Ask the Expert: Dr. Andrew Sama, Orthopedic Spine Surgeon, Answers Your Questions on Cervical Disc Herniations

by Dr. Andrew Sama
Dr. Andrew Sama, Orthopedic Spine Surgeon

Q1: What are the best non surgical or surgical options for a 41 year old male suffering from a cervical disc herniation? How long is recovery from both options?  

Most non surgical treatment for cervical disc herniation is centered around decreasing inflammation and pain and maintaining or improving range of motion and stability. This usually includes physical therapy, massage, sometimes traction and anti-inflammatory medications or muscle relaxants. If pain persists or if there is any weakness or progressive neurologic issue, then sometimes it is necessary to consider surgery. Surgery is typically done through the front of the neck to decompress the nerves and fuse the spine segment in question. Some newer techniques for stabilizing the spine with a disc replacement that preserves motion can be considered on a case by case basis.

Q2: If an index finger has been numb for many years from the herniation C-5-6, stenosis C-6-7, can epidural or surgery help get the feeling back? I have been told after a few years the nerve can be dead.  

Surgery can sometimes help regain lost function but in some cases permanent nerve damage may have occurred.  A neurologist can perform a test called an EMG to see if there has been permanent nerve damage before considering surgery.

Q3: Are there any exercises that can help prevent cervical disc herniations?  

I am not familiar with specific exercises that can prevent disc herniation but we know that maintaining a general level of fitness, good cervical muscle tone and flexibility is good for overall spine health.

Q4: I’ve heard that stretches and exercise can make a cervical disc herniation worse but I have also heard that remaining inactive is the worst thing you can do. What’s the best thing to do?  

Aggressive stretching or manipulation of the neck can sometime cause herniations to worsen and inactivity can make muscles stiff leading to increased pain. I usually recommend that patients maintain a good level of basic fitness, be mindful to strengthen their core and avoid high impact activities that may predispose one to cervical injuries.

Q5: Is surgery the only way to treat a cervical disc herniation?  

No, in fact, most disc herniations are treated non-surgically with good results. Physical therapy, anti-inflammatory medications and time usually result in improvement and the body can absorb the herniation. It is only if there is progressive neurologic deterioration or persistent or worsening of pain that we recommend surgery.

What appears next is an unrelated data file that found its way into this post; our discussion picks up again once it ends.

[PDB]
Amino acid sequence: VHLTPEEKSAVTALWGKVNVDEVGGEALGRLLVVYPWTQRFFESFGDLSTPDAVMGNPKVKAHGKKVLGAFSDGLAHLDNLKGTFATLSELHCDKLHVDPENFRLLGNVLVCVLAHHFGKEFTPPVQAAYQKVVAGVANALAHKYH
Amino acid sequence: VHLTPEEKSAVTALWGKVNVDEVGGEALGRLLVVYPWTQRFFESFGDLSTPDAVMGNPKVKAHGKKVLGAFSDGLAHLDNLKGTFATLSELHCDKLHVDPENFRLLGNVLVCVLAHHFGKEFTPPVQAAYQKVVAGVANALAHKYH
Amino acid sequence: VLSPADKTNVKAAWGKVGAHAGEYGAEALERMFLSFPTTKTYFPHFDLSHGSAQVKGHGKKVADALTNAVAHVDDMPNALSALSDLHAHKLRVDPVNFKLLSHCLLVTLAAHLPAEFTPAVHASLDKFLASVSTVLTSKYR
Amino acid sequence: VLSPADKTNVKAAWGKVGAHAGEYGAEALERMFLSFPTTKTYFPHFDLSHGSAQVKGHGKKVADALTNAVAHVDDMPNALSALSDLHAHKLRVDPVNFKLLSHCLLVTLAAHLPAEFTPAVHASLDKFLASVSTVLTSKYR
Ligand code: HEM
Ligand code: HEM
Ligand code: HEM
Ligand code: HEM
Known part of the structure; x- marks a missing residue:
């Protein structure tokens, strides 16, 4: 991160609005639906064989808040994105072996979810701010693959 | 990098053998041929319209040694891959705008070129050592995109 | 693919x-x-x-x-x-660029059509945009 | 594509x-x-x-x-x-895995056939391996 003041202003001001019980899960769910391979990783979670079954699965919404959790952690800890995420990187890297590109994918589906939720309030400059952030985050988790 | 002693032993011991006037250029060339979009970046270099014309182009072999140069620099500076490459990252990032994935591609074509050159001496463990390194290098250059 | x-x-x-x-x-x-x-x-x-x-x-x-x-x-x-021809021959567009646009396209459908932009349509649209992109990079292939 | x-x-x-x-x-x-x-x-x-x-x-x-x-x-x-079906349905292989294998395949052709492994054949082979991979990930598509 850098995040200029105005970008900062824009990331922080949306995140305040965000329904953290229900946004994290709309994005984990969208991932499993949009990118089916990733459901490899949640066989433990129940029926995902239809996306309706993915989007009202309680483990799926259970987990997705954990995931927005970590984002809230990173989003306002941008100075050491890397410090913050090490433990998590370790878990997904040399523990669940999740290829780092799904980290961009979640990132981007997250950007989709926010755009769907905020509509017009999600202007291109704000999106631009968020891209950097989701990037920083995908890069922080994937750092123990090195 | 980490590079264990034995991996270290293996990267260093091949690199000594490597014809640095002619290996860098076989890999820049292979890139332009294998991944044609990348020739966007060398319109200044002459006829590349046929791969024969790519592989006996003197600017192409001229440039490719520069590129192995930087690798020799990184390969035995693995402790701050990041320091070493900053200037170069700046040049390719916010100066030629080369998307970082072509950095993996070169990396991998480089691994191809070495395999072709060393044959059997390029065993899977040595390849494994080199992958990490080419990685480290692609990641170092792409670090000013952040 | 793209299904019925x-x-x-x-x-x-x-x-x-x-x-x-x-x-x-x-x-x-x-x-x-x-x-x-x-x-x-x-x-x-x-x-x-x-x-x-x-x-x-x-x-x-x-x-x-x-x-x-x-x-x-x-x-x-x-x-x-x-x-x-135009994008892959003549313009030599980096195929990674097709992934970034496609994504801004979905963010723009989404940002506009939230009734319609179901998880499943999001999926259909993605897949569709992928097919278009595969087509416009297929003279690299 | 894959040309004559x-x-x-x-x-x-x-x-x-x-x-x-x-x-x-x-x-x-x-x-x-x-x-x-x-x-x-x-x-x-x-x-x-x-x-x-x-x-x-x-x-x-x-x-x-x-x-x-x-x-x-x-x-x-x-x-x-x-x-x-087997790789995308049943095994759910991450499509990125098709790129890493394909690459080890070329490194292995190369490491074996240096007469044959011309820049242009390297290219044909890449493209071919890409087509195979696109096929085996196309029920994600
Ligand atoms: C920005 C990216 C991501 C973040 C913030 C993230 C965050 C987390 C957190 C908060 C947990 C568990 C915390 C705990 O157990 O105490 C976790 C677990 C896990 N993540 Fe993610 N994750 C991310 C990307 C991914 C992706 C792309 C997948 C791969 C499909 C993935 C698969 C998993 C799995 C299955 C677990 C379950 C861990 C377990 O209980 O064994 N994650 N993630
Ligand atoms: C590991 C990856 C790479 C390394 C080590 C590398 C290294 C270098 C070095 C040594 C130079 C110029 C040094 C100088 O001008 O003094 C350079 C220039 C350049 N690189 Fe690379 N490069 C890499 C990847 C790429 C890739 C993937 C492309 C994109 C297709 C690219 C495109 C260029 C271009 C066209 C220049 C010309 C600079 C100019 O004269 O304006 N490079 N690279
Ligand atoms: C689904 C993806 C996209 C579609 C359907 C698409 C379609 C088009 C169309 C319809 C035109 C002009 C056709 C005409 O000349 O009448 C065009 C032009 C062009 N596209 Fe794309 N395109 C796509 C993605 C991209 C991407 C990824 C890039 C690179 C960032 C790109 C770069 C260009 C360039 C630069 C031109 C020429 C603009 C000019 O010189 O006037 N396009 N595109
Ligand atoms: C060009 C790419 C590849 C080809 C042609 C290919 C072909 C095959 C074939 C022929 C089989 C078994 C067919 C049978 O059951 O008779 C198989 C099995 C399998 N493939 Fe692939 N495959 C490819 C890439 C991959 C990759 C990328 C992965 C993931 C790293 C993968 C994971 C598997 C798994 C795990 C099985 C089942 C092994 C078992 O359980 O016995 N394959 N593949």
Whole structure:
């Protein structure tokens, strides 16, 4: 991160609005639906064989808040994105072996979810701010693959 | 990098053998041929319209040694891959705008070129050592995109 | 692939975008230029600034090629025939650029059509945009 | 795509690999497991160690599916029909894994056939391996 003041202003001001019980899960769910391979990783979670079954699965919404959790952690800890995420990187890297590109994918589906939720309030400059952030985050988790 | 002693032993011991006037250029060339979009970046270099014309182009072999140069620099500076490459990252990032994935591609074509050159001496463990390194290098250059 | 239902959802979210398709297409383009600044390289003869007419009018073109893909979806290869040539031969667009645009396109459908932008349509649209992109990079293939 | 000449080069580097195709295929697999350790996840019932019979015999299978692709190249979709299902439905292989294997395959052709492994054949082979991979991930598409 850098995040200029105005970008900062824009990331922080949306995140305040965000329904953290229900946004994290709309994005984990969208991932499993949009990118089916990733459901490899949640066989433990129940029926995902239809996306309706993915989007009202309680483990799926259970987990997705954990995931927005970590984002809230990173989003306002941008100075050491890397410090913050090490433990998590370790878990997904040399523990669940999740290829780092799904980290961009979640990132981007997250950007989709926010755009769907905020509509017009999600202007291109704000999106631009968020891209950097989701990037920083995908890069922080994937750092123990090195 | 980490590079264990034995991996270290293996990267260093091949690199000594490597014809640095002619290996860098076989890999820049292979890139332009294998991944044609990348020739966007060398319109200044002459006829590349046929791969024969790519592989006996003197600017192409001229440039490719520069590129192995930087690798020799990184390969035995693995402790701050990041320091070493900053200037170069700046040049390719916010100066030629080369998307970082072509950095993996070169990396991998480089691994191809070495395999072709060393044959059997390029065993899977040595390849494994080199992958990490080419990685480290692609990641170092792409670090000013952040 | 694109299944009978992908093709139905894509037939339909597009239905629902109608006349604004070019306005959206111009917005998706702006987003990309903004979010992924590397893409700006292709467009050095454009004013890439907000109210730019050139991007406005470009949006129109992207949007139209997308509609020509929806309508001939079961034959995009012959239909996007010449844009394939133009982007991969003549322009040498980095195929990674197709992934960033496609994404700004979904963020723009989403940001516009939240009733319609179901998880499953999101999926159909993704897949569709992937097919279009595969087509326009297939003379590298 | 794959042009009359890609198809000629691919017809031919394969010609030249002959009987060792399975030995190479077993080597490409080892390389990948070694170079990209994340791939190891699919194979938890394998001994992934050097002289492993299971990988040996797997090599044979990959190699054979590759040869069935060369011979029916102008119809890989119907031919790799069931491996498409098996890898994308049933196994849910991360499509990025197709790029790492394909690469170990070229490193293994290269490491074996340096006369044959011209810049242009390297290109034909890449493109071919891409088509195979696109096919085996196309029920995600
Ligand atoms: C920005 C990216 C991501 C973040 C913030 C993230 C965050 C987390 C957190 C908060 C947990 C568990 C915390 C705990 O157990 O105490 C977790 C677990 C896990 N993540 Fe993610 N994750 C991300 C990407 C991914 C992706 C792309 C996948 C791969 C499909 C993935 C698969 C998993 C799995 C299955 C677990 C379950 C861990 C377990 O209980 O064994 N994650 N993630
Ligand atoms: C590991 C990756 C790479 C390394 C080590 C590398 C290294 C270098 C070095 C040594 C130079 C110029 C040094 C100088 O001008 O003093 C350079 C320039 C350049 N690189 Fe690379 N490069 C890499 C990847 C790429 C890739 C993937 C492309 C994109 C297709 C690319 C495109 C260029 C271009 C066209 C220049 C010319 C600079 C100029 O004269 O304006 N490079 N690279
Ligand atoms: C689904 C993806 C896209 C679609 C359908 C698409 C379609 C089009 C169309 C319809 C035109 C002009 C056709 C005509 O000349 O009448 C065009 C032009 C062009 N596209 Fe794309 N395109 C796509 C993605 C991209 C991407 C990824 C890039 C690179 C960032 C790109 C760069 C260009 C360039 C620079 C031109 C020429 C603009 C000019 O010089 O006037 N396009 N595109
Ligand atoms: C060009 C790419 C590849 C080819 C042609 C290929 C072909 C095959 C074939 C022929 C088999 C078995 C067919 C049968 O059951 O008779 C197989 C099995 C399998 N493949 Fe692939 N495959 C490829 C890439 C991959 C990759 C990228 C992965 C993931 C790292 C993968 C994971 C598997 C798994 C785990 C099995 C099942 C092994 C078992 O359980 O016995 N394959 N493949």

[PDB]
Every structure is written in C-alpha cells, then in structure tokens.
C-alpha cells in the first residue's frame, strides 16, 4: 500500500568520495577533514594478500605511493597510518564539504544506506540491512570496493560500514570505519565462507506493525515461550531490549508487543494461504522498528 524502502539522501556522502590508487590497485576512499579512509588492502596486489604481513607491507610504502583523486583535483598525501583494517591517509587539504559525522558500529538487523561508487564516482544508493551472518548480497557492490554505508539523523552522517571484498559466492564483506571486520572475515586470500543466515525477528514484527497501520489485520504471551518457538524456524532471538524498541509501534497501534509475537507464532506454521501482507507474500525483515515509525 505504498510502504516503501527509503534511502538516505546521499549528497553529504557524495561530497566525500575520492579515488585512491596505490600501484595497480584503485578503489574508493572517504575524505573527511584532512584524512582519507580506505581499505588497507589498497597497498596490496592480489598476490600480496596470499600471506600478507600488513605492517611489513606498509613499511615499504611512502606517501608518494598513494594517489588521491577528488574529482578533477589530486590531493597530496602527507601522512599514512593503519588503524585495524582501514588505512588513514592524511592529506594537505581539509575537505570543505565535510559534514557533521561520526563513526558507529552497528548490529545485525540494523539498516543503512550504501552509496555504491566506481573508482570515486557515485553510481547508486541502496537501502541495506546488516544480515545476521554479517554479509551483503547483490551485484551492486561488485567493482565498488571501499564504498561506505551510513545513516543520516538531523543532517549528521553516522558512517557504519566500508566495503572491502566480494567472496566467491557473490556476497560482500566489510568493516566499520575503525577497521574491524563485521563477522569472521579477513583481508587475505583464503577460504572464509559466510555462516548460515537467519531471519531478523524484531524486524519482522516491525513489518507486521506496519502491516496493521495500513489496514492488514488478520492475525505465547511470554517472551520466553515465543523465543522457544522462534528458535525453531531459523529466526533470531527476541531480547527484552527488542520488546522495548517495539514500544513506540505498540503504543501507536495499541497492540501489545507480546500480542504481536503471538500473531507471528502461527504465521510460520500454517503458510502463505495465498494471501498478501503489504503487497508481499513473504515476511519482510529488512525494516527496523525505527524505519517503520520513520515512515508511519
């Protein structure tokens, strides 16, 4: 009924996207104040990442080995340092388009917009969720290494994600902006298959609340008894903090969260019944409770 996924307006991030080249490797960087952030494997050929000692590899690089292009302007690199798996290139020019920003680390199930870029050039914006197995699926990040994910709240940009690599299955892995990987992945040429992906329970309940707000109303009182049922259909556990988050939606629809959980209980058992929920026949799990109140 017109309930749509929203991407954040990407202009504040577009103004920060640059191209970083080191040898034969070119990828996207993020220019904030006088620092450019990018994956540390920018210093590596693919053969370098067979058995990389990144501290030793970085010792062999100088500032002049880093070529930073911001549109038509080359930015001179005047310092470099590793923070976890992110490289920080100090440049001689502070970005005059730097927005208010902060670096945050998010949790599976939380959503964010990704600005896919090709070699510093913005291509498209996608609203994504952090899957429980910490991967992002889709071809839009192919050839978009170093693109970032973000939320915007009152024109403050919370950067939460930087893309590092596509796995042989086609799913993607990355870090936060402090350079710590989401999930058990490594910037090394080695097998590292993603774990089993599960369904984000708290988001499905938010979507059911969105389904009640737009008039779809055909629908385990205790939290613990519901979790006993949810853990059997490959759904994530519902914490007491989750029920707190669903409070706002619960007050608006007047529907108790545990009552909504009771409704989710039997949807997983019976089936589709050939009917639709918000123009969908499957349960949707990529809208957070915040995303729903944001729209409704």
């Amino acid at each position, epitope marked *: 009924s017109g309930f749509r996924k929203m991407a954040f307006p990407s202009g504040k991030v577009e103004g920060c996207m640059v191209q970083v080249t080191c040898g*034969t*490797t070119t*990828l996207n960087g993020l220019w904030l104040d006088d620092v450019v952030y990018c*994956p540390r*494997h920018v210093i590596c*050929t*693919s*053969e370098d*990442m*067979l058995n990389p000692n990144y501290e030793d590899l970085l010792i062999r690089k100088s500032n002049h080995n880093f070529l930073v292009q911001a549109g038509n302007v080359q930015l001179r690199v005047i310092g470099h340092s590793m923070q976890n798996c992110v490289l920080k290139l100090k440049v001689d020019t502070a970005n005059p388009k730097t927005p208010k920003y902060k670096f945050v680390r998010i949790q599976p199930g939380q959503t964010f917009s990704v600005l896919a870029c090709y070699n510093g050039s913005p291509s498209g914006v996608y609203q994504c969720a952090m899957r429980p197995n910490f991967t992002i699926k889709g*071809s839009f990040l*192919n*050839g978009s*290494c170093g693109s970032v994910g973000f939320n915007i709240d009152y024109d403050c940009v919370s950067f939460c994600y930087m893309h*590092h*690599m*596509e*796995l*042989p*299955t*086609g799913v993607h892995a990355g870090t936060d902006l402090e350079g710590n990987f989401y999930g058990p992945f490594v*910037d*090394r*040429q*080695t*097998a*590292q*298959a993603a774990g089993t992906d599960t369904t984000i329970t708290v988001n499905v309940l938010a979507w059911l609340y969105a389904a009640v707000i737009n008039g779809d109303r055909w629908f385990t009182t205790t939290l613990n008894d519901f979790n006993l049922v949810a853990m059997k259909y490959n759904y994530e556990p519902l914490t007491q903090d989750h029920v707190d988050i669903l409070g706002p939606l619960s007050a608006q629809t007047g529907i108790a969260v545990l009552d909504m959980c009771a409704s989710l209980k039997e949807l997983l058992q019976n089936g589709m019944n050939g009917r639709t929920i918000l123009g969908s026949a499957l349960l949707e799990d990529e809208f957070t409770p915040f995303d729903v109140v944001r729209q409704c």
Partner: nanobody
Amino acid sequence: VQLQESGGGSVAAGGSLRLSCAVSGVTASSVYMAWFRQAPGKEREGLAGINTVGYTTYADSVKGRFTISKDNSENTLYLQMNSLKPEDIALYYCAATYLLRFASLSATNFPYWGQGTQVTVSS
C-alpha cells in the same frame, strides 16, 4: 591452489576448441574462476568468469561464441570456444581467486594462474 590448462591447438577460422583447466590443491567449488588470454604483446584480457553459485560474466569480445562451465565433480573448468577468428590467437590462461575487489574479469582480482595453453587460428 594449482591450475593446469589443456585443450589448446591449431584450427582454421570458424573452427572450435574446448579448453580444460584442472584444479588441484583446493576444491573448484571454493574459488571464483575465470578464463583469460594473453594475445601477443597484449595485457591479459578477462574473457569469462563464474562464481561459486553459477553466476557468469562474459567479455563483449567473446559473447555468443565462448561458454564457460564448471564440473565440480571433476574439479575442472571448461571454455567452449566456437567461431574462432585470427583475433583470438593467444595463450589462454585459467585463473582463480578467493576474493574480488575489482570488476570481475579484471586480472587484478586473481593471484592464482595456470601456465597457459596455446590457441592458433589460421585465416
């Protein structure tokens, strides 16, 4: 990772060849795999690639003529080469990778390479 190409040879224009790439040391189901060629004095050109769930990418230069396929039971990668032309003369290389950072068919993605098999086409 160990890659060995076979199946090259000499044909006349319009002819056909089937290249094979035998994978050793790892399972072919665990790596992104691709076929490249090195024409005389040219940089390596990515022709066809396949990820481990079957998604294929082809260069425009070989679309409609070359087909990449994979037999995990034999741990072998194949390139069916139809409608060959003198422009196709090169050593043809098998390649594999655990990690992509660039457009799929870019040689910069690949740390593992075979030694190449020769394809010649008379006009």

Q6: What is the most common cause of cervical disc herniation?  

Herniations can occur for a variety of reasons some of which may be related to an accident or direct injury while others are less obvious and may be the result of daily activity.

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The information provided in this blog by HSS and our affiliated physicians is for general informational and educational purposes, and should not be considered medical advice for any individual problem you may have. This information is not a substitute for the professional judgment of a qualified health care provider who is familiar with the unique facts about your condition and medical history. You should always consult your health care provider prior to starting any new treatment, or terminating or changing any ongoing treatment. Every post on this blog is the opinion of the author and may not reflect the official position of HSS. Please contact us if we can be helpful in answering any questions or to arrange for a visit or consult.

Comments

M Jerome says:

I read your articles about cervical disc herniation, can surgery be perform in the front of the neck instead of the back c3, c4, and c7

Thank You

HSS on the Move says:

Hello, thank you for your question. Dr. Andrew Sama, Orthopedic Spine Surgeon, says: “Depending on the reason for the surgery and the location of the problem being treated, decompression and fusion surgery can often be performed from the front of the neck. Your surgeon should review your condition and imaging studies and can advise you on the safest and most effective approach for your case.” If you are interested in care at HSS, please check with our Physician Referral Service at 877-606-1555.

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